GLY is fortunate to have many long-term relationships with Pacific Northwest companies that inspire us to dream bigger and reach higher. Our partnership with Forterra is no exception. Forterra’s conservation work encourages us to never stop asking: how can we do more in the communities where we work, live, and play? After spending quite a bit of time on our most recent endeavor with Forterra, I can’t keep it a secret any longer…I’m happy to announce that GLY is the proud new parent of a park!
The scientific community agrees we are now in the geological epoch called the Anthropocene in which human beings are the driving force behind the majority of changes to the natural world. While the world debates the big, complex issues regarding climate change, there are small scale actions that we can do right now to improve our backyard. As a company, we decided to do exactly that.
Forterra’s Evergreen Carbon Capture [ECC] program began as a partnership with Pearl Jam, who “wanted to take responsibility for their carbon emissions produced from their world tour by planting trees in their local community.” Following Pearl Jam’s lead, GLY became one of the founding members of the ECC, voluntarily calculating the carbon footprint of our main office in Bellevue and planting trees annually to mitigate that footprint.
This year, GLY became the first company to simultaneously participate in a park adoption through the Green Redmond Partnership. By adopting Bear Creek Park, GLY will regularly care for our ECC trees in hopes of restoring a crucial salmon habitat in the heart of downtown Redmond and maintaining a healthy green space for the public to enjoy for years to come.
February 2019 – GLY planted 139 baby trees in Redmond’s Bear Creek Park. Under Forterra’s Evergreen Carbon Capture Program, one tree is planted for every five tons of carbon to be sequestered. The average Pacific Northwest conifer tree will sequester 13.9 tons of carbon by its 100th birthday [Climate Action Reserve’s Urban Forest Tree Carbon Calculator]. Photo credit: Nicole Marcotte.
The 4.5-acre park expands a long, narrow plot of land. Bear Creek runs north to south right through the middle of the park, painting the picture of why our work is so important. The east side is almost entirely overrun with invasive species with just a few trees remaining. By contrast, the west side has plenty of native trees that provide shade to the salmon running up Bear Creek. However, if nothing is done to ensure that young, healthy trees are growing to replace the existing shade cover, the west side might look like the east side of the park in just a few decades. Thus our focus in 2019 is keeping the west side of the park healthy. We planted 139 new trees during two work parties, spread nutrient-rich mulch, and removed about 5,000 square feet of invasive blackberry along the creek.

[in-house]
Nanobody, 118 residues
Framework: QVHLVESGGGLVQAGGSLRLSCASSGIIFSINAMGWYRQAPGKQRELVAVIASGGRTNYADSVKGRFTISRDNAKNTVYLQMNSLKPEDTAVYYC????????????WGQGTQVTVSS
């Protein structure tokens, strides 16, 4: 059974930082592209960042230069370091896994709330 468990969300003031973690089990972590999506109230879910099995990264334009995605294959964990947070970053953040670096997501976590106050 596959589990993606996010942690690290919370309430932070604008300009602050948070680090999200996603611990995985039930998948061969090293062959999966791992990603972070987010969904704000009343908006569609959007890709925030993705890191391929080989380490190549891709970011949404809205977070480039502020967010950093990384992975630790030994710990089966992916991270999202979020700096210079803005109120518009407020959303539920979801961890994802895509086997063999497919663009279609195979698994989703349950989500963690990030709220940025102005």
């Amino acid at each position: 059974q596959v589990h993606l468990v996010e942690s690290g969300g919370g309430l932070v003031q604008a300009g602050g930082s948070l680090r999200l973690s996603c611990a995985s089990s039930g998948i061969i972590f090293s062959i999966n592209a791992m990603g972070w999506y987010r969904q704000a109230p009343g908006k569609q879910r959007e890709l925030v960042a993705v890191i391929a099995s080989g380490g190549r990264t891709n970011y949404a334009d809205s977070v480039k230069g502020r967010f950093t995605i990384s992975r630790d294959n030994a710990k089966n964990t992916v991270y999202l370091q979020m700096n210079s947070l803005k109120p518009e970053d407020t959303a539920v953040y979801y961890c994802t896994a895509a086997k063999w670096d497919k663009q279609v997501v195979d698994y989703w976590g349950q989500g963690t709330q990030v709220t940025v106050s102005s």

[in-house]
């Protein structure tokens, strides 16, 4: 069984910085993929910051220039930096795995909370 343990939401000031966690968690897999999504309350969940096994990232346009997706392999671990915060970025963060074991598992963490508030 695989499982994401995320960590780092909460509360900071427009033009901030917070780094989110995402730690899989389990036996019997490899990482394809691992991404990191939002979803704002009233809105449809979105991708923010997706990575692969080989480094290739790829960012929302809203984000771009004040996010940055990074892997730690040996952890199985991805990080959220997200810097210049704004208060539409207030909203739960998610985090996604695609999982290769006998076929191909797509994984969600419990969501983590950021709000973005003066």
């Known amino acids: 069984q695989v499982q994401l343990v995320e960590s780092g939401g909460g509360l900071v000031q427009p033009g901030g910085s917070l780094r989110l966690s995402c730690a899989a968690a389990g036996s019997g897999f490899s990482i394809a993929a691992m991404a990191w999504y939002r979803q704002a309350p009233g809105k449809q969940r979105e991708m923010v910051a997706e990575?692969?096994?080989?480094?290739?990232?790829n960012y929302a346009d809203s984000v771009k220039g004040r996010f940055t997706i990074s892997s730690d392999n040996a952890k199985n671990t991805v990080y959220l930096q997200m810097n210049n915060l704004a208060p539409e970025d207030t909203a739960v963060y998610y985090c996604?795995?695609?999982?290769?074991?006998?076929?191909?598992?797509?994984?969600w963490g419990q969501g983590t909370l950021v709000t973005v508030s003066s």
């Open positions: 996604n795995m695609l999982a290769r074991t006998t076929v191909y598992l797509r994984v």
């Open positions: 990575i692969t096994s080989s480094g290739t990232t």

It is powerful to return to Bear Creek Park on a monthly basis and see the impact of our efforts in such a short amount of time. At the first two work parties GLY employees showed up in a big way, filled with excitement and kids in tow, determined and ready to help out. Building on that momentum, our long-term ambition is to help the City of Redmond restore the east side of the park as well. What truly keeps us going as a group? It’s simple. We just envision those same kids returning to the park over the next several decades and appreciating their efforts from today. Their future children may even take the torch and plant baby trees of their own.
February 2019 – GLY planted 139 baby trees at Bear Creek Park.
May 2019 – Volunteers returned to Bear Creek Park to mulch the baby trees and remove invasive blackberry.